Cheers

Peter

#23

Where can it be found? Is this the one that used precompiled GTOs without labels and were sold on magnetic cards back in the old days?

Quote:
Not to forget the ever-elusive Chess CH-136, which cannot get compiled and thus remains impossible to write to ROM!


#24

I found the Chess game.


#25

Hej Håkan,

Yes, it's available at TOS... can't specify link or the message will be "preempted"

Do you have any suggestions as to how to upload it on a ROM? The problem is of course the initial PACKing - which deletes all the pre-compiled jump distances.


#26

Yes, I found it at TOS.

It should not be a big issue to upload it to a ROM, but it will take a while as I only put a couple of hours per week into this. I was already working a bit on RPN code handling for other reasons, so I went ahead and started making a RAW reader as well.

Quote:
Hej Håkan,

Yes, it's available at TOS... can't specify link or the message will be "preempted"

Do you have any suggestions as to how to upload it on a ROM? The problem is of course the initial PACKing - which deletes all the pre-compiled jump distances.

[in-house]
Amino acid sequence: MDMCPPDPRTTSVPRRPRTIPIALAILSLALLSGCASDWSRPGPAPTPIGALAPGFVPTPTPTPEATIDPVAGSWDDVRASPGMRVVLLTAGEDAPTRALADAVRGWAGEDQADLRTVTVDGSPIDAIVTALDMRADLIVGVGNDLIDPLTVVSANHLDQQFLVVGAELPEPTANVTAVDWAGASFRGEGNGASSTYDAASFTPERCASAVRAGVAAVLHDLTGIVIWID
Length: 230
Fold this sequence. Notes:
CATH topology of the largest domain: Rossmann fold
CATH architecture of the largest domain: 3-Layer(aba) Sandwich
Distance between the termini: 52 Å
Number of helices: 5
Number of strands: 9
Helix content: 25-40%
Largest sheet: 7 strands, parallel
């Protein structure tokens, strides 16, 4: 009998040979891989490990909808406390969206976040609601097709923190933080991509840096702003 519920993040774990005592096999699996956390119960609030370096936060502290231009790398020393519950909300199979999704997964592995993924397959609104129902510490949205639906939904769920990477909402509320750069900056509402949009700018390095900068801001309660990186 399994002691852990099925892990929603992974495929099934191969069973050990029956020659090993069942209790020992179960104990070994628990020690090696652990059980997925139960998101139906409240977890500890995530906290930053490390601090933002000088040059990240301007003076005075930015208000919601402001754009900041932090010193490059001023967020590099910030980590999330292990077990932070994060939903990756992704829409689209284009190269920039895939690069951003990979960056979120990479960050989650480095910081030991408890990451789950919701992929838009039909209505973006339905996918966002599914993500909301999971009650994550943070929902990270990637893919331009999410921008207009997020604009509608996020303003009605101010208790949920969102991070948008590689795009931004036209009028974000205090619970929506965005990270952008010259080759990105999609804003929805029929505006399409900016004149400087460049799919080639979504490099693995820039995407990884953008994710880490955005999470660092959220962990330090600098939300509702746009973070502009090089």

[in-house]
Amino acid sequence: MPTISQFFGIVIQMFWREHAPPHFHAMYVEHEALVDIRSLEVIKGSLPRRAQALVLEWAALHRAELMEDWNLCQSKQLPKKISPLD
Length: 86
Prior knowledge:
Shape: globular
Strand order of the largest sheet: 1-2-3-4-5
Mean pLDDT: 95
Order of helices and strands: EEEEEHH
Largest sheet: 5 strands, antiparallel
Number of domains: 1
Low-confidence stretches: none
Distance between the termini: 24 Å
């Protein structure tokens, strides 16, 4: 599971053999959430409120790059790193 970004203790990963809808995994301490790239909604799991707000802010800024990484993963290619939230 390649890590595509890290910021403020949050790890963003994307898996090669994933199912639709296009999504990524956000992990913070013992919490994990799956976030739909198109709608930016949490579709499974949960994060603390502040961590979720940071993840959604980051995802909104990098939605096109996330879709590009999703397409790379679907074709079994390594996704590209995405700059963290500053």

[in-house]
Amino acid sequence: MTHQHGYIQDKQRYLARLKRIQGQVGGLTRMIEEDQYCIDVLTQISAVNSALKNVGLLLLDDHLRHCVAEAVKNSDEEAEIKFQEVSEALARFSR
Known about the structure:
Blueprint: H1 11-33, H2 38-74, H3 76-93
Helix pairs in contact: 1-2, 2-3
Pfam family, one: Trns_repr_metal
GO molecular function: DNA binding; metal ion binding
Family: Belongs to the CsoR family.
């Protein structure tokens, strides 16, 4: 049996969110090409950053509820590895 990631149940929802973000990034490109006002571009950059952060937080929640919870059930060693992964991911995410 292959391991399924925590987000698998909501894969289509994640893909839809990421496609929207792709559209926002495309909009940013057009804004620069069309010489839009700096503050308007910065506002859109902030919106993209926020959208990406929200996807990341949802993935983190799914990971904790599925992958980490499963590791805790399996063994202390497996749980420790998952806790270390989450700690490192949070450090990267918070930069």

#27

Hi,

Could we get Mcode a target backend of a C compiler (or has this already been done). i'm thinking LLVM?

that might be interesting.


#28

Hugh, do you mean to write a compiler from C to MCODE, preferably in MCODE?

Cheers

Peter


#29

it wouldnt need to be in mcode, only emit it. then you'd simply compile the compiler into mcode :-)


#30

I guess I'm confused. If it has to be for the 41 then we can only write it in focal or mcode (or, theoretically in forth...). So if the Compiler is supposed to take a c file as Input and produce mcode as output it could not compile itself. Or are you talking about an offline compiler that takes c code and converts it to mcode in which case the compiler would have to be written in c to be compilable to mcode to run on the 41. So what kind of compiler are u suggesting? Sorry to be slow...

Cheers

Peter


corrected spelling from iPhone in wrong language mode...



Edited: 25 May 2010, 2:35 p.m.


#31

i was thinking it would be interesting to have a way to generate mcode from C. if we had a compiler (eg on the PC) that took C and generated mcode then, if that compiler itself was written in C, it could compile itself into mcode. That would give a C->mcode compiler in mcode and therefore one that could (theoretically) run on the 41 itself.